The new Wi-Fi network that AT&T Wireless is building at Seattle-Tacoma International Airport will replace the existing network which is owned and operated by Wayport: Wayport appeared unaware of the new network or the impending cancellation of its relationship with the airport.
The airport will own the network that AT&T Wireless is building and AT&T Wireless isn't charging the airport for the equipment or installation. The Wi-Fi network comes for free as part of AT&T Wireless's contract to install cellular equipment that will improve cell coverage inside the airport.
Airport officials have not decided who will operate the new Wi-Fi network but they are clear about the future of Wayport's network. "Wayport will depart," said Bob Parker, a SeaTac spokesman.
Wayport has operated the network at SeaTac for over four years. Its contract ended last year and since then it has been on a month-to-month contract with the airport.
"Wayport owns those hotspots. We imagine they will come in and remove them," said John Faulkner, aviation business manager for SeaTac. He hopes that the Wayport network can be shut down at a time that will correspond with the completion of the new network to avoid a breech of service. The new network should be finished by early 2005, though an AT&T Wireless spokesman said he expects it to be completed before then.
Wayport seemed unaware of the changes taking place at SeaTac. "We know they're talking to AT&T. We haven't heard anything official," said Dan Lowden, vice president of marketing for Wayport. "We look to continue to work with SeaTac in the way we are."
Wayport could be in the running to operate the new network, though it's more likely that if Wayport is involved in the future network it would be through roaming deals with the company that ultimately will operate the network, Faulkner said. As part of the request for proposals to build the cellular and Wi-Fi networks, the airport gave participants the option of bidding on the Wi-Fi operations business as well. AT&T Wireless was one of the bidders that expressed interest in operating the network but the airport has not yet decided who will operate the network. "We want to do the business planning to figure out how to parcel out the network and structure the revenue model," Faulkner said.
SeaTac wasn't unhappy with the service from Wayport but the decision to build a cellular network in the airport offered an opportunity to build a more extensive Wi-Fi network, Faulkner said. "The infrastructure and installation costs are shared when they are installed at the same time," he explained, adding that installing both networks at the same time resulted in a 60-percent cost savings. "It was a great opportunity to increase revenue and increase customer service," he said.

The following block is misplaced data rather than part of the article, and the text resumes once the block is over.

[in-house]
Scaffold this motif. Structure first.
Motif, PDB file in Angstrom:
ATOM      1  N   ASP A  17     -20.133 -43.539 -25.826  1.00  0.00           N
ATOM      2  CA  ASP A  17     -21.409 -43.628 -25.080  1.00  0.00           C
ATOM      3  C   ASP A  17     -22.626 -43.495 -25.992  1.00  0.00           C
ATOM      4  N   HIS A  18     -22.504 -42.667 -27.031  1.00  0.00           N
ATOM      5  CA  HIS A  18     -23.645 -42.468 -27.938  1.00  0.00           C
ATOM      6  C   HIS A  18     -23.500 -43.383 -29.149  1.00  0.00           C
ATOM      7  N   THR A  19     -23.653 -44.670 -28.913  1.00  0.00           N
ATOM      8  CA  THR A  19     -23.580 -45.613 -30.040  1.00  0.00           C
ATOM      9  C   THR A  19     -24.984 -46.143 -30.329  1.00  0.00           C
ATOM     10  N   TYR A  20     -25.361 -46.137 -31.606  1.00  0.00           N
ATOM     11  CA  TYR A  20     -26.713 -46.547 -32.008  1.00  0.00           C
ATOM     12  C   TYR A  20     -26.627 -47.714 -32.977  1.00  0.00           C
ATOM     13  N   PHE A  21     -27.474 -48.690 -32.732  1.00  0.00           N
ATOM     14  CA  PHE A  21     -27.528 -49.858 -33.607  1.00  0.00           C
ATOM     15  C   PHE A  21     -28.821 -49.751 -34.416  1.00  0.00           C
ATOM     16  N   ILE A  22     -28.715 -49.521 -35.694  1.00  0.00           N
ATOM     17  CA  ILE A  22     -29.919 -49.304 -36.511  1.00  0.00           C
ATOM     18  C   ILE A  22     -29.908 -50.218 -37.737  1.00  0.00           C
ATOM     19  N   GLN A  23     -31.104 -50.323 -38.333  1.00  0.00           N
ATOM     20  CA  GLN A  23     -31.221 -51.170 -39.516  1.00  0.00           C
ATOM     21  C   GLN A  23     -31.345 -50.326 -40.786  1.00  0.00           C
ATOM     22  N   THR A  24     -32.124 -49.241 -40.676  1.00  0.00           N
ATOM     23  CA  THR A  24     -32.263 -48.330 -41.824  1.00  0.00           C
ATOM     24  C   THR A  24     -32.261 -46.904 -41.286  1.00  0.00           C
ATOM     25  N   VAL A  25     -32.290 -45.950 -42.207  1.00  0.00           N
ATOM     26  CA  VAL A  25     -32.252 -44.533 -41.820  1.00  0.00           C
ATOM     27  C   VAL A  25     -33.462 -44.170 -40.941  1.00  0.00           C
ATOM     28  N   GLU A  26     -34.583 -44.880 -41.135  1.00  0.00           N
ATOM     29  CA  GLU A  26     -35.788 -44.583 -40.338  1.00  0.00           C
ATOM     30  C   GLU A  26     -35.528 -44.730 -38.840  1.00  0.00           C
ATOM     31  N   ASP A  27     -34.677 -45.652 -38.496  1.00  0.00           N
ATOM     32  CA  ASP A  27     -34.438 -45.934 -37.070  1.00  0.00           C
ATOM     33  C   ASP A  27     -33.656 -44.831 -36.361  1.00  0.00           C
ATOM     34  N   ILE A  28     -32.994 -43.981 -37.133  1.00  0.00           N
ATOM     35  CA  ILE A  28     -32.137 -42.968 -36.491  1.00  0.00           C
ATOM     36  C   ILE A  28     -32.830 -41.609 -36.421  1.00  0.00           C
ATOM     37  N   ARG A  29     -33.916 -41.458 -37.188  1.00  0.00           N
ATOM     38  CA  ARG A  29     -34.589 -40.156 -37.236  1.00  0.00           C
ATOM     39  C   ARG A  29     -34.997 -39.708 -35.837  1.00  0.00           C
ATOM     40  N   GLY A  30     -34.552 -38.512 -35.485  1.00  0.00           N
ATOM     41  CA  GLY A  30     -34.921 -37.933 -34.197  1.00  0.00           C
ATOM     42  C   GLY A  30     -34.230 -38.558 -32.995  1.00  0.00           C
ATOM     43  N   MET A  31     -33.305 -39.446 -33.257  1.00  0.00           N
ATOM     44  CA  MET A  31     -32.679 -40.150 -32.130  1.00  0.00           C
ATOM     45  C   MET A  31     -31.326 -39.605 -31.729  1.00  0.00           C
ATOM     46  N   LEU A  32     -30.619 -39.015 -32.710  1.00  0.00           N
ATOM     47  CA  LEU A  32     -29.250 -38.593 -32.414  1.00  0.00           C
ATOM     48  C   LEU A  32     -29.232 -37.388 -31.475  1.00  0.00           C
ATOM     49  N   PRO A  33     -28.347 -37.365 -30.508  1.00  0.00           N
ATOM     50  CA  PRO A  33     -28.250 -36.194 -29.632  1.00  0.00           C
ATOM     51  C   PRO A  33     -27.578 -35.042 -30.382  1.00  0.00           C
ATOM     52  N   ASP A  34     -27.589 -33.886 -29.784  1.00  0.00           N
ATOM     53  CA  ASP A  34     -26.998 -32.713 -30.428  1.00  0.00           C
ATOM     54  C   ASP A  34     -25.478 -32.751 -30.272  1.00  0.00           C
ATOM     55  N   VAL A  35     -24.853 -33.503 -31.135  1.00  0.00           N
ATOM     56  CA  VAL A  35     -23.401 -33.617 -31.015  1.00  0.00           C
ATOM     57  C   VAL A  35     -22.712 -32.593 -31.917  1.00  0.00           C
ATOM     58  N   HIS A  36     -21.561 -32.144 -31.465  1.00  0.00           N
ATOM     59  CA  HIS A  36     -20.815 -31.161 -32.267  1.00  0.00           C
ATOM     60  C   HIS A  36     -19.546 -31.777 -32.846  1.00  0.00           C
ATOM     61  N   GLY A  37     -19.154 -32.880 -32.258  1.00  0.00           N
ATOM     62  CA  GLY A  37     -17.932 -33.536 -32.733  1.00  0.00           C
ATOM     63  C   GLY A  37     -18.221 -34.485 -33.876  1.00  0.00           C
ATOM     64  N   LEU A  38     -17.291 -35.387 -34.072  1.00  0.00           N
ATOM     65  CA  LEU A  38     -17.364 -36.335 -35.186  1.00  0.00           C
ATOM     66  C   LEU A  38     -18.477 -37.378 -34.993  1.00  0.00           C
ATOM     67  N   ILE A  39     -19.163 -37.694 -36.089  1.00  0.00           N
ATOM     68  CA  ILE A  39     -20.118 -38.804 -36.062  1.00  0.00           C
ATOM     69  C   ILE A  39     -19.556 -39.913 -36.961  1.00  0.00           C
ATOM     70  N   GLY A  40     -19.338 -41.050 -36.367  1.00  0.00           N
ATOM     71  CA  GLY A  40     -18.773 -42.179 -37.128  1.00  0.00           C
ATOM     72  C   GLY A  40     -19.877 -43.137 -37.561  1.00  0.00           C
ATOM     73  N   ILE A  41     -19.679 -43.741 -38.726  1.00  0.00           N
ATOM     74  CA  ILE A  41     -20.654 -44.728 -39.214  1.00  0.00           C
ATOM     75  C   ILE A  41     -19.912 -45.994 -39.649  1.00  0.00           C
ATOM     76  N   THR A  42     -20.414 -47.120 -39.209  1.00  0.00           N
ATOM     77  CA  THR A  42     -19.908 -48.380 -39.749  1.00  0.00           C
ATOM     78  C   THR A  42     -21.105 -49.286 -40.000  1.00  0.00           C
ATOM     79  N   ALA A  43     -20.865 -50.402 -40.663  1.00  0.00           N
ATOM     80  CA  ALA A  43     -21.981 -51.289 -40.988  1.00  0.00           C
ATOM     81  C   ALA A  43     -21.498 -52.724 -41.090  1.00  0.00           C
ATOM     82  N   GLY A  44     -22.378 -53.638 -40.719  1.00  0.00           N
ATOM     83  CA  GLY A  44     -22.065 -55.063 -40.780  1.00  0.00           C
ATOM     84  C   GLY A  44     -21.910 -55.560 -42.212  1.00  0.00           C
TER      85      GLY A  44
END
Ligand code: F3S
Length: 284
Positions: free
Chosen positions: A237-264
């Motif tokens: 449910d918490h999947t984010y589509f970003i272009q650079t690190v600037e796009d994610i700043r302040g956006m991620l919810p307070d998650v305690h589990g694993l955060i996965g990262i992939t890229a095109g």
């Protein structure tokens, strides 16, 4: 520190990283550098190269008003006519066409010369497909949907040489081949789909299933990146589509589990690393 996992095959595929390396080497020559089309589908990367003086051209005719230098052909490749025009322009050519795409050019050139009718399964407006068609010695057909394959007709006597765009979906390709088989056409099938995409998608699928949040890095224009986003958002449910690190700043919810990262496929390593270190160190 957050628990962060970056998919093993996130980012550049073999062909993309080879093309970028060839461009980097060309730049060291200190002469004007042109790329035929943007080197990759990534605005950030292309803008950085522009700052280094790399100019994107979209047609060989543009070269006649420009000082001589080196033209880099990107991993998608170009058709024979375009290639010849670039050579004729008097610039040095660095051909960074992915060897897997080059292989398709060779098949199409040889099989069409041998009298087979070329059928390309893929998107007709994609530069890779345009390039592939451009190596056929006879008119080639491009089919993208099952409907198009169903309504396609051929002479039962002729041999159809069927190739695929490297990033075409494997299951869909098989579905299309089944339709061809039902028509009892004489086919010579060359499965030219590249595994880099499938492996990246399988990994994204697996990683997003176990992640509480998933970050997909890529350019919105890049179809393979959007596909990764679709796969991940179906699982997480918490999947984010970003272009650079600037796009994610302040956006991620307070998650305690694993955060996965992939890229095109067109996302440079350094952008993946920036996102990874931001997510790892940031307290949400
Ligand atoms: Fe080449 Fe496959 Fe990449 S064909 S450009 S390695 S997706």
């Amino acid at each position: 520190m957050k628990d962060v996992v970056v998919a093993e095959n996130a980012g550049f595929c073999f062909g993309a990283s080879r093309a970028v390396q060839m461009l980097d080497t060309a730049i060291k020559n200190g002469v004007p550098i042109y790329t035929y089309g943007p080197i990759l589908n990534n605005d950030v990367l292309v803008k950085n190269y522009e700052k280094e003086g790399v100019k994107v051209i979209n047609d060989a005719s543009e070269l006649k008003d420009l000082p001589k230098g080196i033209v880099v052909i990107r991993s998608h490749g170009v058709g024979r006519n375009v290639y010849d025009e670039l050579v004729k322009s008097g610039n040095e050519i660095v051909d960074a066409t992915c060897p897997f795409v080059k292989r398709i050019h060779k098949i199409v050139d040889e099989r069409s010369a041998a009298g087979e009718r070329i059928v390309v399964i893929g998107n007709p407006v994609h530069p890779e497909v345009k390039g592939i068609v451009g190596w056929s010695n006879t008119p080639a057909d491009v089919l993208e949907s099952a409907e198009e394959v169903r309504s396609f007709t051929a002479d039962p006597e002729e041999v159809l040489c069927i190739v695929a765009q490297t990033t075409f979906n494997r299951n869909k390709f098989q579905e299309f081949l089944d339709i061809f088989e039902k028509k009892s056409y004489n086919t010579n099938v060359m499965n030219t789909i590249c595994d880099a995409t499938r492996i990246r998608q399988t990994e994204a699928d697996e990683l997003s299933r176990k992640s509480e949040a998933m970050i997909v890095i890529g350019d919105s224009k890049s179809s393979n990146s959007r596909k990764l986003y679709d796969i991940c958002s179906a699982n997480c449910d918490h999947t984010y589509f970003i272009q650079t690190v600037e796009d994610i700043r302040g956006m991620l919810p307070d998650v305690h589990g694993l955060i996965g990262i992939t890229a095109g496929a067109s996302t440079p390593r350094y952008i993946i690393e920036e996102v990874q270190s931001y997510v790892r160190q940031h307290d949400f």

The new network will cover more of the airport, including parts of the parking garage where shuttle bus businesses, for example, may be able to take advantage of the network.
Faulkner hopes that the extended coverage plus opening the network to other businesses in the airport will result in better usage on the new network. He says that the Wayport network didn't meet Wayport's hopes. The original deal was constructed such that Wayport paid the airport for every passenger that got on a plane at the airport, regardless of if those passengers actually used the network. "A year ago they asked for a reduction because the usership numbers didn't achieve what they expected. It seemed to us that they were a little disappointed," Faulkner said.
Wayport also recently lost their access to the LaGuardia (New York) and Minneapolis/St. Paul airports when its partnership with Concourse Communications fell apart. Concourse was using Wayport as its middleman to resell access to other wireless ISPs; now Concourse sells this access directly to iPass and others, but not currently to Wayport.
Wayport is focused on building networks in both hotels and airports and expects to continue adding about 50 hotels per month in the future, Lowden said. While some hotels don't charge for in-room wired and hotel-wide Wi-Fi access, the medium- to upper-end hotels continue to levy fees and that's the market Wayport targets, Lowden said. Last month 300,000 people logged onto the Wayport network.
Wayport's remaining airports include Dallas and Austin, both of which overlap with T-Mobile coverage dating back to competition among the founders of Wayport and now-defunct MobileStar; Buffalo-Niagara; and Bay Area airports San Jose (full airport coverage) and Oakland (limited areas). Wayport also operates Laptop Lanes office centers in nine airports.